A growing trend among big box retailers is to turn their barren rooftops into productive energy factories. The interesting dynamics in this are that big companies are very able to create new ways of doing business if it is in their interest. By that I mean that if they are the user—not the manufacturer—of the product. Manufacturer innovation is when someone improves something with the intent to profit from selling it. On the other hand, user innovators plan to benefit from using whatever it is they are creating. Users do things like mixing chocolate with milk to create a tasty drink. Manufacturers put a fifth blade on razors with already too many blades. We usually think of users as individuals.
In the case of energy production, power companies are the manufacturers. Their motivation is to make more money selling the same thing. So if they innovate, it will come in the form of incremental advances that could possibly help companies or people to understand their usage or have better access to information—nothing revolutionary. Companies receiving power are the users. Their motivation for innovation comes in the form of creating whole new ways to change the power grid. Big box retailers like Target and Walmart want more control, less cost and greater dependability when it comes to getting their power. Therefore, they are motivated to circumvent the power stations all together.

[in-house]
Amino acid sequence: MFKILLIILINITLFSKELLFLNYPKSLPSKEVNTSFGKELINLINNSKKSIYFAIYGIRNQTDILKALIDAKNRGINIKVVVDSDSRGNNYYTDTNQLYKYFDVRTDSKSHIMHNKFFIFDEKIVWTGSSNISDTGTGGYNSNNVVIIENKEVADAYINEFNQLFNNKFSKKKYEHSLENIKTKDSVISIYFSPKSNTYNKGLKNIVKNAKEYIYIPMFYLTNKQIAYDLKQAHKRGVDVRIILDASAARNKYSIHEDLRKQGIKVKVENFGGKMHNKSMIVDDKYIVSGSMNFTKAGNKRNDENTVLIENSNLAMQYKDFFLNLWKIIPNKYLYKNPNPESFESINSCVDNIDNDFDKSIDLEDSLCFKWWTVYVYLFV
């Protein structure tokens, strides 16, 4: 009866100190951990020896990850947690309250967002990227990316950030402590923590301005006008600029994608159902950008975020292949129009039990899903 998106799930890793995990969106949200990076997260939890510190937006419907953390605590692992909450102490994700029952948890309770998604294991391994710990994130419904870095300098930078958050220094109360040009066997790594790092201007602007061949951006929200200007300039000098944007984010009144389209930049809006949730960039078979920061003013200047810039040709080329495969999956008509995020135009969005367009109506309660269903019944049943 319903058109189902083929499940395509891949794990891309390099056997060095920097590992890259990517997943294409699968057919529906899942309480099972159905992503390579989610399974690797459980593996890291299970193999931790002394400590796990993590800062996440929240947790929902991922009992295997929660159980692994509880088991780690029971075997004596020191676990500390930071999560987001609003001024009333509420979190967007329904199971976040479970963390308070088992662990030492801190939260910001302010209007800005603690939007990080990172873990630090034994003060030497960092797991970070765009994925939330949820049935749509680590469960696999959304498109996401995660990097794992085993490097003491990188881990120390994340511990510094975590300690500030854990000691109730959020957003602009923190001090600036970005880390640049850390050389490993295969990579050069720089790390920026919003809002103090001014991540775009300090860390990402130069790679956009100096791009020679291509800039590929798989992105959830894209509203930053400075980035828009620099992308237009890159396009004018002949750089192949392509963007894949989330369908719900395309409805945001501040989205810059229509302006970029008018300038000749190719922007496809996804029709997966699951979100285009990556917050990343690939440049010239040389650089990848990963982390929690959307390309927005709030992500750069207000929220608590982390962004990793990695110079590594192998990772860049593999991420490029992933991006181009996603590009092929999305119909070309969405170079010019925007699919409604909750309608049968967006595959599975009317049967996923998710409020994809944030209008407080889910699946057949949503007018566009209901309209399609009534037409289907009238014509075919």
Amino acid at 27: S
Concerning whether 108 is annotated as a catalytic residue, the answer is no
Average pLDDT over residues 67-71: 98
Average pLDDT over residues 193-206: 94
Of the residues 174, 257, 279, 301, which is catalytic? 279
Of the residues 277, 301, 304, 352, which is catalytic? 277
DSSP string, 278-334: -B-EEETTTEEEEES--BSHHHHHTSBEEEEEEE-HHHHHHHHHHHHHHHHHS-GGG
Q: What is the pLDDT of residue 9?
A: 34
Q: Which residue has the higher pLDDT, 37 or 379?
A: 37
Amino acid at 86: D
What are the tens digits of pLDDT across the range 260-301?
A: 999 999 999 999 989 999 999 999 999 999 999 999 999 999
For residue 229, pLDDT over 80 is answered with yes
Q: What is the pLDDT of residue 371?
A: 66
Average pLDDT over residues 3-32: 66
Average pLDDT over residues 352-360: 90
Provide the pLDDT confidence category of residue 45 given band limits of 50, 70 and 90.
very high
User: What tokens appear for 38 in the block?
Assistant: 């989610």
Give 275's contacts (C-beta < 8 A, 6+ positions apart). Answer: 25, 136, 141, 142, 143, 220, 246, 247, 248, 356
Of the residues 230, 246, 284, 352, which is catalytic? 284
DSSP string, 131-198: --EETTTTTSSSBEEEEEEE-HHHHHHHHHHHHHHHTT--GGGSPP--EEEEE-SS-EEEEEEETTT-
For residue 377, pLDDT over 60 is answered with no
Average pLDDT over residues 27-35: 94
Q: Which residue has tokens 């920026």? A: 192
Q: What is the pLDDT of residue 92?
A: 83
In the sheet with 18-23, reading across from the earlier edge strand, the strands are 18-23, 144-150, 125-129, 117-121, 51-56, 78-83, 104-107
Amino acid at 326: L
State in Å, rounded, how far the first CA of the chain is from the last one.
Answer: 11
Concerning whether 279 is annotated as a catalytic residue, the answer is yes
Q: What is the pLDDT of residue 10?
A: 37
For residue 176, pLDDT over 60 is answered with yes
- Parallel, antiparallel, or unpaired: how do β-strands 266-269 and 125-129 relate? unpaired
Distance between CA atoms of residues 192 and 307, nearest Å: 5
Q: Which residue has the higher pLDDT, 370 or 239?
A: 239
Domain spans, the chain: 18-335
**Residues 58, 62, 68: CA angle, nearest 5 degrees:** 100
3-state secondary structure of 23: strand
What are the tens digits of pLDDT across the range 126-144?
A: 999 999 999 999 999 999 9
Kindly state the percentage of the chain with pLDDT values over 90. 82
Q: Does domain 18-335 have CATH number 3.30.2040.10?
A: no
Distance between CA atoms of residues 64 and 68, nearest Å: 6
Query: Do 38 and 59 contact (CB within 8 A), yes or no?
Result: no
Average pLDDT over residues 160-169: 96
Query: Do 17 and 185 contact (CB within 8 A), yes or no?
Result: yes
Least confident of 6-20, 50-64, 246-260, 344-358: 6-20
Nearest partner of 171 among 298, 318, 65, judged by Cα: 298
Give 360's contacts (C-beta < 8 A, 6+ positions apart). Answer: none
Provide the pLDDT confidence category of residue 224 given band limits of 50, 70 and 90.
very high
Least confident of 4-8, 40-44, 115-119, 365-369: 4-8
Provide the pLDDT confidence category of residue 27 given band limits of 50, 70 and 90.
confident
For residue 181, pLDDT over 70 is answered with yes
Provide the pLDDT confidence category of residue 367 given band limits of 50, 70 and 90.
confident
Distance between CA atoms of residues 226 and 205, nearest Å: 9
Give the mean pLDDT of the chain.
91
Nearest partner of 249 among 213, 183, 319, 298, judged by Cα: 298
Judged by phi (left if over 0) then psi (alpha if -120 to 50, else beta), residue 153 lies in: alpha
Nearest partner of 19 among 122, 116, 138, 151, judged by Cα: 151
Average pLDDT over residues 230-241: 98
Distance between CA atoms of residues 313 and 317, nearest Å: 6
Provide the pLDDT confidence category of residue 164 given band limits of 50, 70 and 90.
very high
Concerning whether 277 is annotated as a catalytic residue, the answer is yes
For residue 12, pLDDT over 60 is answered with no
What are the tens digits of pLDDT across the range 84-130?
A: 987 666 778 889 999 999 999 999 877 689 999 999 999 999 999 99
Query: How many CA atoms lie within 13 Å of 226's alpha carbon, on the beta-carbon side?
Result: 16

Ikea is trying to produce 100% of its power. In a meeting with a Chinese power company, they realized that they already were a larger producer of electricity than that company. Walmart, Cosco, Kohl’s and Apple are the leading energy producing retailers at the time. I’d look to see more and more of them going off-grid for future power.
Again, the difference between user innovation and manufacturer innovation is that users intend to benefit from using it. The original Gatorade was a user innovation. The mountain bike was a series of user innovations. New Coke which debuted in 1985 was a manufacturer innovation.